Johann Sebastian Bach’s Sonatas and Partitas for Solo Violin, completed around 1720 (he was 35), are thought to be a grand intellectual and musical achievement universally revered by violinists and listeners alike for their spiritual essence.
The Solo masterwork consists of three sonatas, each with four traditional slow-fast-slow-fast movements, and three partitas, each comprised of a series of dance movements. Characterized by supreme virtuosic demands, the violinist is required to play multiple stops (playing three or four strings simultaneously) to create for the listener the illusion of harmony while sustaining a single melodic line.
Though the “broken chords,” may last but a second or two, at times the listener will have the sensory perception that more than one violin is playing. To perform a recital of the richly textured Solos not only requires mastery of technical skill—they’ve been called the “Himalayas”— but unwavering endurance and concentration as well. Once these challenges are met comes the most difficult step— unlocking the emotion of the pieces from the manuscript and delivering it to the listener.
Sponsored by Performance Santa Fe, Grammy award-winner and Musical America’s “Instrumentalist of the Year,” violin virtuoso, Gil Shaham, gave a brilliant, if not impeccable, performance of two Sonatas and two Partitas Dec. 1 at the Lensic Theater.
A solitary figure on stage with only his magnificent 1699 “Comtesse de Polignac” Stradivarius (an exceptionally sonorous Strad) accompanying him, sometimes smiling, often pacing back and forth on the large stage (though not distracting) Shaham performed the B Minor and C Major Sonatas and the D Minor and E Major Partitas. An undisputed Herculean feat to be sure. Interestingly, it’s basically the same program that he performed at the Lensic in 2011.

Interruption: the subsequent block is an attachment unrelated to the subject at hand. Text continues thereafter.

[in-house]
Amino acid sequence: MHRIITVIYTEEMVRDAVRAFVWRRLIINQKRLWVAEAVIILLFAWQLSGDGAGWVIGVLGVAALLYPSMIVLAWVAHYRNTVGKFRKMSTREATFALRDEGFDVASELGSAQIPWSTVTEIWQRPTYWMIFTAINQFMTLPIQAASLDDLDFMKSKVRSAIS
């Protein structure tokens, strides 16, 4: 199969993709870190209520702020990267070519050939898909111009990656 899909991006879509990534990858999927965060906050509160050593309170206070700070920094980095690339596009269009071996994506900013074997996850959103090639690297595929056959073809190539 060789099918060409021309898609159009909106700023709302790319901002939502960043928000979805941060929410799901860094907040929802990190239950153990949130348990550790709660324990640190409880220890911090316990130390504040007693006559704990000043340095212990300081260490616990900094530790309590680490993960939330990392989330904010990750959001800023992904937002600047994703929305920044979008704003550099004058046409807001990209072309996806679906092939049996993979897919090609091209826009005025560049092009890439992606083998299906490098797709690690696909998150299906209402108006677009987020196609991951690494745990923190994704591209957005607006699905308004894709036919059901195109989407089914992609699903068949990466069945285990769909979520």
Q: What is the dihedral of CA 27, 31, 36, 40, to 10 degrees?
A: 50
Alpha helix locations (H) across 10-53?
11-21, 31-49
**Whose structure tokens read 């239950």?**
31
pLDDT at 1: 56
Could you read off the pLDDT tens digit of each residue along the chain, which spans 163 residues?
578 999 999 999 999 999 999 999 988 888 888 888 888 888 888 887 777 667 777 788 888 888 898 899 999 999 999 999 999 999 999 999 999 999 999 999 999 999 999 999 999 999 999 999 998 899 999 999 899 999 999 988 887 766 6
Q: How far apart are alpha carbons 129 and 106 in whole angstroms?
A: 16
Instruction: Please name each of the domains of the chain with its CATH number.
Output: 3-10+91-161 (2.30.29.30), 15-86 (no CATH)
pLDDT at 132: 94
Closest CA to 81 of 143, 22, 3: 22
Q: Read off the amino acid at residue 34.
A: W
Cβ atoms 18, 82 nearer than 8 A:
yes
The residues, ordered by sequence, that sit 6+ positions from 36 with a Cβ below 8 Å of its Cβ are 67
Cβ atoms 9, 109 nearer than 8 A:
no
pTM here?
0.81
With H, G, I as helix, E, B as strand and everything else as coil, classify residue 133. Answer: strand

Born in Champaign-Urbana, Illinois in 1971 and raised in Israel, at the 2011 concert he mentioned that he had played these Solos for 30 years and had arrived at a place where he was reevaluating their interpretation. In particular, their tempi whereby he thought some movements in the D Minor and E Major Partitas, should be quicker than usually executed. Judging from Tuesday’s performance, it’s good to see that he’s returned to the more traditional tempi.
The program began with the introspective B Minor Sonata in which Shaham set the tenor for what we would be enjoying the rest of the evening: the flawless technique, admirable bow control, luminous clarity of sound, superb dynamics and pianissimo passages soft as an angel’s whisper. In this first work, the Fuga was stunning, where one voice became several, bringing the audience to spontaneous applause. (Regrettably, there continued a tendency to applaud between movements.) Shaham, ever gracious, gave a little smile and bowed in acknowledgement before continuing with the Andante and Allegro.